4. Busy customer: Flexible deliveries
If your customers prefer to receive their order at their home or workplace, you can work with shipping companies that offer flexible delivery options —such as evening and weekend deliveries.
Your buyers will be able to change the time or day of delivery at their convenience to minimize the number of shipping issues related to an absent recipient.
5. Courier reliability: Courier network
Working with different national and international couriers allows you to offer more delivery options to your customers.
To do so, create a courier network with the best couriers in the UK. Royal Mail, Parcelforce Worldwide, DPD, Hermes, and DHL are just some of your options.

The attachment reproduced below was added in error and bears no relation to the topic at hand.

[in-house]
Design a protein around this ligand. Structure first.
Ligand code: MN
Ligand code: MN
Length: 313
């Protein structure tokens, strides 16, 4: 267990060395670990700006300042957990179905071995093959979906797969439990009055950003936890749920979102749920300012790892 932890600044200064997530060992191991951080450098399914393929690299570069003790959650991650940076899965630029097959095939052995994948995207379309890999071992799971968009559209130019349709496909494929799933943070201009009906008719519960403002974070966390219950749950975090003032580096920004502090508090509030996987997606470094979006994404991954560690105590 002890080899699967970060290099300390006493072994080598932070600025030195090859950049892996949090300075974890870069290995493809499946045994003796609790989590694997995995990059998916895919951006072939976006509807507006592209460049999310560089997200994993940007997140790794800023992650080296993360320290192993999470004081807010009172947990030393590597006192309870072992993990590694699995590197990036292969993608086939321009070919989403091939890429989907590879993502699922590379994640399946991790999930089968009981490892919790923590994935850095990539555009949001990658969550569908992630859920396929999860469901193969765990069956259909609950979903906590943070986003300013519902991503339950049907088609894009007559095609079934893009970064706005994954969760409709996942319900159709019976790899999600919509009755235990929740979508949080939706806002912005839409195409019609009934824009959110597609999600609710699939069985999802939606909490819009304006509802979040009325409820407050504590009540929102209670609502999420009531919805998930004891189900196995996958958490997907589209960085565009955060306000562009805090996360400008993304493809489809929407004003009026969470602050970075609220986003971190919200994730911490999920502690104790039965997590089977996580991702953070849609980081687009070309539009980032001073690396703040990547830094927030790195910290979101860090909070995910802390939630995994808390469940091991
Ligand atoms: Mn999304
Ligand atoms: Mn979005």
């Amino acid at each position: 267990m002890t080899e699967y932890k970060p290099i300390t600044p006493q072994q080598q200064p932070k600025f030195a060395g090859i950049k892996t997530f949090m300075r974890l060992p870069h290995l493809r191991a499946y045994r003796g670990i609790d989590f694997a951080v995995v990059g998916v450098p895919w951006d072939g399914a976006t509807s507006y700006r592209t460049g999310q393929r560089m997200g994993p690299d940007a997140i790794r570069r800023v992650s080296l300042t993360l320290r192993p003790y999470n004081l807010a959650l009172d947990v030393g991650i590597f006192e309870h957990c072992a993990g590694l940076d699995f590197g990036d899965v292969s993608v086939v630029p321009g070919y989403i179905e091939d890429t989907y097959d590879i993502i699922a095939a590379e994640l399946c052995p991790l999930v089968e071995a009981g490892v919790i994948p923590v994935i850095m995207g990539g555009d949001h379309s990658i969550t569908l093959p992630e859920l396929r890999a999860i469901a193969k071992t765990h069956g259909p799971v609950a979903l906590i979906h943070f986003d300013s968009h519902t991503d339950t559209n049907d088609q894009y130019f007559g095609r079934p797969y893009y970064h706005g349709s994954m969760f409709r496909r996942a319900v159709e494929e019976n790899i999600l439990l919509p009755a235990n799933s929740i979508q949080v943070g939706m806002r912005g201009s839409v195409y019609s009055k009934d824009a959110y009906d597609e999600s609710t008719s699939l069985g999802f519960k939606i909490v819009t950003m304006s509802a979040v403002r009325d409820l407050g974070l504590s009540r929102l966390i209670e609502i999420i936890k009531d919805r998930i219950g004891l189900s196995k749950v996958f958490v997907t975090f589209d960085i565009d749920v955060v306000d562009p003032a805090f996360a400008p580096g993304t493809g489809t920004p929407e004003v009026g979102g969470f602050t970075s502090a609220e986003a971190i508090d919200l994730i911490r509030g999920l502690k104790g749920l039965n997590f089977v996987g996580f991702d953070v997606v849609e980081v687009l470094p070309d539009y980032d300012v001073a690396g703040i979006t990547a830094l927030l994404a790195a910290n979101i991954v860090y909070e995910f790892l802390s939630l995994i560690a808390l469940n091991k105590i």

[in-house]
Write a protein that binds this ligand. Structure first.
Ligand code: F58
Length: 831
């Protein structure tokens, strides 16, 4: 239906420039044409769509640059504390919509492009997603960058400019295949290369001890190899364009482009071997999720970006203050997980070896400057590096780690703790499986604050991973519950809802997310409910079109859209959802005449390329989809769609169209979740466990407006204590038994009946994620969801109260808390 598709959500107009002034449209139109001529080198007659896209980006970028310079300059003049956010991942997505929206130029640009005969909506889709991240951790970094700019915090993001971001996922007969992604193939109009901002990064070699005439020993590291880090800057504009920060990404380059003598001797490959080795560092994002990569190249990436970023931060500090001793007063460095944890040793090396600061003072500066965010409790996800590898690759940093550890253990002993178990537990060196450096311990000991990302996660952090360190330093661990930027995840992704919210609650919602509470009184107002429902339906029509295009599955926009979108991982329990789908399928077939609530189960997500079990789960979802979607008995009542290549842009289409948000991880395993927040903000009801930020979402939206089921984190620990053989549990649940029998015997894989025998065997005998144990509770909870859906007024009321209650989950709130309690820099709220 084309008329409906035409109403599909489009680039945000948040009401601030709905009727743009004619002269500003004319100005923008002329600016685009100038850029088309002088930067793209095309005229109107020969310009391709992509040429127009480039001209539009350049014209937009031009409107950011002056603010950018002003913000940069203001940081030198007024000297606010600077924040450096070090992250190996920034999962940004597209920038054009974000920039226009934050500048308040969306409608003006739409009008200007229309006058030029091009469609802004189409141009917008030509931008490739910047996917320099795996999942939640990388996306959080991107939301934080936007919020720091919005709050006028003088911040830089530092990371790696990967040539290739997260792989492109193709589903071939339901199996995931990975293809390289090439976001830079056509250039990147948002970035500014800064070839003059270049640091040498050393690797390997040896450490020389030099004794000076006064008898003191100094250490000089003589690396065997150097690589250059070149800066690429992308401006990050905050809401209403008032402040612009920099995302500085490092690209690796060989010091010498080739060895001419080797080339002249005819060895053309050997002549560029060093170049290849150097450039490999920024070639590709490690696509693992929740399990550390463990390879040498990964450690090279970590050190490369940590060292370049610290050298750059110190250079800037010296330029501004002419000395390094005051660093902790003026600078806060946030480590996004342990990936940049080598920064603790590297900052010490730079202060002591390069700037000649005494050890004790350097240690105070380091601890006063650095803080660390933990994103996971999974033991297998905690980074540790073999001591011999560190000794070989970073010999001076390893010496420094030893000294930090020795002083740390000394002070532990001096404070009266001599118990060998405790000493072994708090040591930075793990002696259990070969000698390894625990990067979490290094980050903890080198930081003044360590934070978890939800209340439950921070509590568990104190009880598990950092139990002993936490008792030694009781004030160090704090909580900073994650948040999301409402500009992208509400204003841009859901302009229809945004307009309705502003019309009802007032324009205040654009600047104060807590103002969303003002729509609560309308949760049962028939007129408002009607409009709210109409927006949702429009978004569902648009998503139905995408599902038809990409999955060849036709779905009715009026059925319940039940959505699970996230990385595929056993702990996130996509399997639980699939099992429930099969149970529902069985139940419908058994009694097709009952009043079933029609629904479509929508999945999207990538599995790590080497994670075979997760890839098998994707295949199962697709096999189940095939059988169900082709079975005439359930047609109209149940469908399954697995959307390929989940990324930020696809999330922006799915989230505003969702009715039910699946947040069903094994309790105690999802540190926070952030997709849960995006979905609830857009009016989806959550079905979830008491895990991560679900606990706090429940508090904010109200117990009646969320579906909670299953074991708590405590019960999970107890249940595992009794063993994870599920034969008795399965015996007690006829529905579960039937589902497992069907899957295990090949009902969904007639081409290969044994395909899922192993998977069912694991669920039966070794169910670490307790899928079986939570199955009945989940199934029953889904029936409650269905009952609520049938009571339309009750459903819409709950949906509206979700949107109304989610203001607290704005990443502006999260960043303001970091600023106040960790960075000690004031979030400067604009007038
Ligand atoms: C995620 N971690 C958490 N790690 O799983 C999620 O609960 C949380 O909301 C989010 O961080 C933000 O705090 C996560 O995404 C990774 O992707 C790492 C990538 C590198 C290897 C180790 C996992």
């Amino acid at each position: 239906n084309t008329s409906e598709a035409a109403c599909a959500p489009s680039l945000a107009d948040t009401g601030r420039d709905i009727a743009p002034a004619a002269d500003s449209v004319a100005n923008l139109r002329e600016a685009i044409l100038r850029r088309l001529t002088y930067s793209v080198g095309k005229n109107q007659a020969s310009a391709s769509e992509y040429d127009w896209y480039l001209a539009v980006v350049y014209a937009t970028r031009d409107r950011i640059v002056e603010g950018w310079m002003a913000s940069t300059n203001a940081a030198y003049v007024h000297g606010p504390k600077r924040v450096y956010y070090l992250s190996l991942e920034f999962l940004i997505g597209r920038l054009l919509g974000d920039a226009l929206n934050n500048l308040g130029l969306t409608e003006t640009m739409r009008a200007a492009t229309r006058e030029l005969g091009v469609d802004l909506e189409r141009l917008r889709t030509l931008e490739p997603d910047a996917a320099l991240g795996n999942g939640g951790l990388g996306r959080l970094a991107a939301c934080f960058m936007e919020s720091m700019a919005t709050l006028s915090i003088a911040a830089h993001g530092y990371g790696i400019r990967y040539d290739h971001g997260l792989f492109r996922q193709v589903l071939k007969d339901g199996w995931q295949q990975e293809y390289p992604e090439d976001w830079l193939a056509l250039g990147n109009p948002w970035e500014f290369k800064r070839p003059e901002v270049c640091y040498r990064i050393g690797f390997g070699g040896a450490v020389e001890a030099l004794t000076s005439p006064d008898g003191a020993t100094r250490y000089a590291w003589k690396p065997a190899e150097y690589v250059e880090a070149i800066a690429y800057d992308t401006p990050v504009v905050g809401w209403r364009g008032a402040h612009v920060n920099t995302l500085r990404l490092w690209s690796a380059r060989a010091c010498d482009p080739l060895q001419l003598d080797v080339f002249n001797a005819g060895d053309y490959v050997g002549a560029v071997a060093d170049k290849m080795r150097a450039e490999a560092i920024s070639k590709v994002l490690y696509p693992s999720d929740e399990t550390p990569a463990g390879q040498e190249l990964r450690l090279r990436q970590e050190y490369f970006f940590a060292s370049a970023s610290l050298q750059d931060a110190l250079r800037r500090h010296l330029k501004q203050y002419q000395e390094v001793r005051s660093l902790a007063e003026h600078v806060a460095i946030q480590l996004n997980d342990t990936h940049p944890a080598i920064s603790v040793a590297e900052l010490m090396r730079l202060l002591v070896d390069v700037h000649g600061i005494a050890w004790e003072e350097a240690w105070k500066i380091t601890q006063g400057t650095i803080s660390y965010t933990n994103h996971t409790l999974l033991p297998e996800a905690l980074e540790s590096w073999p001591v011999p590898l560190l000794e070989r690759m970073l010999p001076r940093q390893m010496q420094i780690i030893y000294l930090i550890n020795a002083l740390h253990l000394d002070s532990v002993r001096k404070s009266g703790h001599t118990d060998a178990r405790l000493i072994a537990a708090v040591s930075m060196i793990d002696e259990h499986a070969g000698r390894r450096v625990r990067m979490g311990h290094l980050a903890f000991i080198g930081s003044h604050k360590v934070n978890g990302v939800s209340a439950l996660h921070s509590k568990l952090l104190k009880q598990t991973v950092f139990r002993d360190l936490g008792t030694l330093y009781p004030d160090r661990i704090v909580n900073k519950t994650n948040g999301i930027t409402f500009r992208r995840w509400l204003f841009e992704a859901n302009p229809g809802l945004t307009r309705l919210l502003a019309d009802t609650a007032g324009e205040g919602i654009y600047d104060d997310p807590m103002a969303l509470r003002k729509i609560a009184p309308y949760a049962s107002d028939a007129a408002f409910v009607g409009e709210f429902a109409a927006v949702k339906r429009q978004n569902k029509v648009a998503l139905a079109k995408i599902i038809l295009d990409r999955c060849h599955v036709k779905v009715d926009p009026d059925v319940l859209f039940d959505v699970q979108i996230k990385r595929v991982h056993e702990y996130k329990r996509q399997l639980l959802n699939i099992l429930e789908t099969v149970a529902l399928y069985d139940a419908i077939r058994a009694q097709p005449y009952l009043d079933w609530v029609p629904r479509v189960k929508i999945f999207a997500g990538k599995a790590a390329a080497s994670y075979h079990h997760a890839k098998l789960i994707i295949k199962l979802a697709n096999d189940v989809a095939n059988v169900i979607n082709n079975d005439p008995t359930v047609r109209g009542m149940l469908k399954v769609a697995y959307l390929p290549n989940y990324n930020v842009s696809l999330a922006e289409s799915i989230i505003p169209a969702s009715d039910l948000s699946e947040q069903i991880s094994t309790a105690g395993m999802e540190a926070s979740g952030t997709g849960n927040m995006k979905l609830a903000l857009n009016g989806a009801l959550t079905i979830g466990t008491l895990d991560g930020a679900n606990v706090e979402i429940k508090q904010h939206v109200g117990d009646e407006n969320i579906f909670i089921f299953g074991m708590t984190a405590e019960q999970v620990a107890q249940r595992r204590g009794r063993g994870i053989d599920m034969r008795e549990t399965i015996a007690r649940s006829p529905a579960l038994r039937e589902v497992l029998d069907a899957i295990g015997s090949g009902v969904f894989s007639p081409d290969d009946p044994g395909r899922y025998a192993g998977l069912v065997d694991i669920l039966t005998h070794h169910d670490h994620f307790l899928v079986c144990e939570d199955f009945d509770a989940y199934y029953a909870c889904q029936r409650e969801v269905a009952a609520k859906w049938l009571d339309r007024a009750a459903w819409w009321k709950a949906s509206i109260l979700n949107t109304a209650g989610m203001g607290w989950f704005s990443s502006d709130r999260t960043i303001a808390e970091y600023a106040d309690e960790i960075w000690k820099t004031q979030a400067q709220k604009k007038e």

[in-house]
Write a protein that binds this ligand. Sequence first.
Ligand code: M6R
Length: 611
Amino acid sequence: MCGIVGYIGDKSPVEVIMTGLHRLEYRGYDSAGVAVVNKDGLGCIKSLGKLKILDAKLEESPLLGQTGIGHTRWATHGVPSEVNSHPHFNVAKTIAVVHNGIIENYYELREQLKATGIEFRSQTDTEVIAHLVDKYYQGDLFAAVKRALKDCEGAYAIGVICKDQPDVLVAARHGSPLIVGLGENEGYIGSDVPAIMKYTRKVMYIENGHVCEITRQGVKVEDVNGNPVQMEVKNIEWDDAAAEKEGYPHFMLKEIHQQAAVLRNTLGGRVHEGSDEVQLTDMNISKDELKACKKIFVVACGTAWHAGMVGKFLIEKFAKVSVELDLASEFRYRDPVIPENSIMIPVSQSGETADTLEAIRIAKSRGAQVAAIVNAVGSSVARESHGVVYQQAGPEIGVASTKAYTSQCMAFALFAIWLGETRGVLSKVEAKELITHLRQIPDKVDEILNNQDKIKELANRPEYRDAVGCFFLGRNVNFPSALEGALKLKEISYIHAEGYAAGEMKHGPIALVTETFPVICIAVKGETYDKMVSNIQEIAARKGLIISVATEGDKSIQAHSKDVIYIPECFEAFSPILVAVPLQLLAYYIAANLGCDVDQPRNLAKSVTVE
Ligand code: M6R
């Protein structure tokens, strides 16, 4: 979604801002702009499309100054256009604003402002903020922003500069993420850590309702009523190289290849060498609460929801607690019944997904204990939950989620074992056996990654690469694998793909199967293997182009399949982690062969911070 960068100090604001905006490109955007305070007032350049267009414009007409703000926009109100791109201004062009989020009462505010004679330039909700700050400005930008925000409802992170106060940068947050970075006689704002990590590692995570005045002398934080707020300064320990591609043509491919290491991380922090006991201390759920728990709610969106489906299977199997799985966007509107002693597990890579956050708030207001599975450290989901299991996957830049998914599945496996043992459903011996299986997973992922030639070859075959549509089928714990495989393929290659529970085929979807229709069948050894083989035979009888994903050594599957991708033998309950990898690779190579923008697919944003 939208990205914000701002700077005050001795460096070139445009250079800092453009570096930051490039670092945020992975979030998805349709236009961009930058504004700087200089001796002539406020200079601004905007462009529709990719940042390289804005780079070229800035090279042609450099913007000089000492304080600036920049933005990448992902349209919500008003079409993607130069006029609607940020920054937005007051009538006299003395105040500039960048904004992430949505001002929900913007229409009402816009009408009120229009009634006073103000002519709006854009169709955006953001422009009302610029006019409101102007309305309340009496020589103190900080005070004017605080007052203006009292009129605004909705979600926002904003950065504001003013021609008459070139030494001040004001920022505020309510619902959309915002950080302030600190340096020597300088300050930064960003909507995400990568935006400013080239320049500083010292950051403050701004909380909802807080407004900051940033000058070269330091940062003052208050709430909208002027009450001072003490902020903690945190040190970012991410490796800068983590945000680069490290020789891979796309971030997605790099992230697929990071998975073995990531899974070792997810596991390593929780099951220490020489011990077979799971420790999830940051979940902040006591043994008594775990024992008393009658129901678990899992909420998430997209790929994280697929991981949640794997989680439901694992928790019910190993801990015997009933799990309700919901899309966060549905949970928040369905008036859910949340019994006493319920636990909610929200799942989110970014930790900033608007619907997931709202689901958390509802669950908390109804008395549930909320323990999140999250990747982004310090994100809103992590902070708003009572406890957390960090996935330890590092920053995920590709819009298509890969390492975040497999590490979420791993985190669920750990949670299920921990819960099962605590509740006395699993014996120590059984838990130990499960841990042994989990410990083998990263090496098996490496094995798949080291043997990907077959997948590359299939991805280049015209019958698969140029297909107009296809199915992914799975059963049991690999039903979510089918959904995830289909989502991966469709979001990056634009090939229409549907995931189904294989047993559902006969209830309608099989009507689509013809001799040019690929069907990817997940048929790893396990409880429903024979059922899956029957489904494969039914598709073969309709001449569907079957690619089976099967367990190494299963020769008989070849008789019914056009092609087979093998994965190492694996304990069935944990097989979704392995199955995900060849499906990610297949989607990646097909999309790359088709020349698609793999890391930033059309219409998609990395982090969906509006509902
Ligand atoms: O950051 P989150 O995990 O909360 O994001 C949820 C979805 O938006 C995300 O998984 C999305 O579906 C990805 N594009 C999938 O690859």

6. Sales volume: Traceability with Outvio
If your online business is dealing with a larger amount of orders, it will be easier to track the status and location of the parcel with a post-checkout platform like Outvio. Outvio centralizes all your orders and enables you to process, ship, track, and manage returns in a single interface.
Additionally, you can improve customer communication and obtain metrics about your business such as email open rate, returned items (and recurring reasons for returns), successful items, and courier reliability, among other useful information for online stores.
Last mile is a delicate process full of obstacles. Solving the last-mile problem and safeguarding the satisfaction of your customers, while reducing your logistics costs, is the key to achieving successful last-mile deliveries.